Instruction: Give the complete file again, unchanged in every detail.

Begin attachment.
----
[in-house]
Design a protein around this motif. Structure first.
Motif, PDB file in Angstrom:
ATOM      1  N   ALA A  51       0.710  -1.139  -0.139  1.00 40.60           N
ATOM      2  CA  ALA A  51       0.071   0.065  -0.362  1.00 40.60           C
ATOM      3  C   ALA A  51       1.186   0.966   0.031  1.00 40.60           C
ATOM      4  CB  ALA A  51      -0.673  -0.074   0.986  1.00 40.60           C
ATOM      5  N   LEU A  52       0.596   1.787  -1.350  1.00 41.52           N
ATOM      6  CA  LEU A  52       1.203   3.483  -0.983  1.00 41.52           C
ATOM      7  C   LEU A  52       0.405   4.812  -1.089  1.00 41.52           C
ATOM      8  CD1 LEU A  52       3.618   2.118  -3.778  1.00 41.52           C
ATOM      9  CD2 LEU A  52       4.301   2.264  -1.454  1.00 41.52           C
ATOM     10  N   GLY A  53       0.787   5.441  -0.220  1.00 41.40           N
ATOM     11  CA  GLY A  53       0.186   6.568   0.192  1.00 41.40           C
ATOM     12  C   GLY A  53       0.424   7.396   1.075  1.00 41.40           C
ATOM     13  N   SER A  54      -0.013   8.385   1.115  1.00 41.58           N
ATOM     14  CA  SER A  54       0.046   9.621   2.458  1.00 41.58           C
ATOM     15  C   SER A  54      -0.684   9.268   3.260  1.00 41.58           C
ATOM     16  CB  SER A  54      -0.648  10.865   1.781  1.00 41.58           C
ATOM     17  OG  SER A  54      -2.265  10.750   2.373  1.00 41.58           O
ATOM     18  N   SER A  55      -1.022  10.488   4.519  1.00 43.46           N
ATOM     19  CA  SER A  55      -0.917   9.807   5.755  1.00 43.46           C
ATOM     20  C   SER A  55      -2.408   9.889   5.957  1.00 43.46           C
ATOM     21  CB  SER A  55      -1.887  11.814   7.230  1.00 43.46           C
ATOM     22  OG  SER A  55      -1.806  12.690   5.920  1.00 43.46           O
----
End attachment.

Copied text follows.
[in-house]
Design a protein around this motif. Structure first.
Motif, PDB file in Angstrom:
ATOM      1  N   ALA A  51       0.710  -1.139  -0.139  1.00 40.60           N
ATOM      2  CA  ALA A  51       0.071   0.065  -0.362  1.00 40.60           C
ATOM      3  C   ALA A  51       1.186   0.966   0.031  1.00 40.60           C
ATOM      4  CB  ALA A  51      -0.673  -0.074   0.986  1.00 40.60           C
ATOM      5  N   LEU A  52       0.596   1.787  -1.350  1.00 41.52           N
ATOM      6  CA  LEU A  52       1.203   3.483  -0.983  1.00 41.52           C
ATOM      7  C   LEU A  52       0.405   4.812  -1.089  1.00 41.52           C
ATOM      8  CD1 LEU A  52       3.618   2.118  -3.778  1.00 41.52           C
ATOM      9  CD2 LEU A  52       4.301   2.264  -1.454  1.00 41.52           C
ATOM     10  N   GLY A  53       0.787   5.441  -0.220  1.00 41.40           N
ATOM     11  CA  GLY A  53       0.186   6.568   0.192  1.00 41.40           C
ATOM     12  C   GLY A  53       0.424   7.396   1.075  1.00 41.40           C
ATOM     13  N   SER A  54      -0.013   8.385   1.115  1.00 41.58           N
ATOM     14  CA  SER A  54       0.046   9.621   2.458  1.00 41.58           C
ATOM     15  C   SER A  54      -0.684   9.268   3.260  1.00 41.58           C
ATOM     16  CB  SER A  54      -0.648  10.865   1.781  1.00 41.58           C
ATOM     17  OG  SER A  54      -2.265  10.750   2.373  1.00 41.58           O
ATOM     18  N   SER A  55      -1.022  10.488   4.519  1.00 43.46           N
ATOM     19  CA  SER A  55      -0.917   9.807   5.755  1.00 43.46           C
ATOM     20  C   SER A  55      -2.408   9.889   5.957  1.00 43.46           C
ATOM     21  CB  SER A  55      -1.887  11.814   7.230  1.00 43.46           C
ATOM     22  OG  SER A  55      -1.806  12.690   5.920  1.00 43.46           O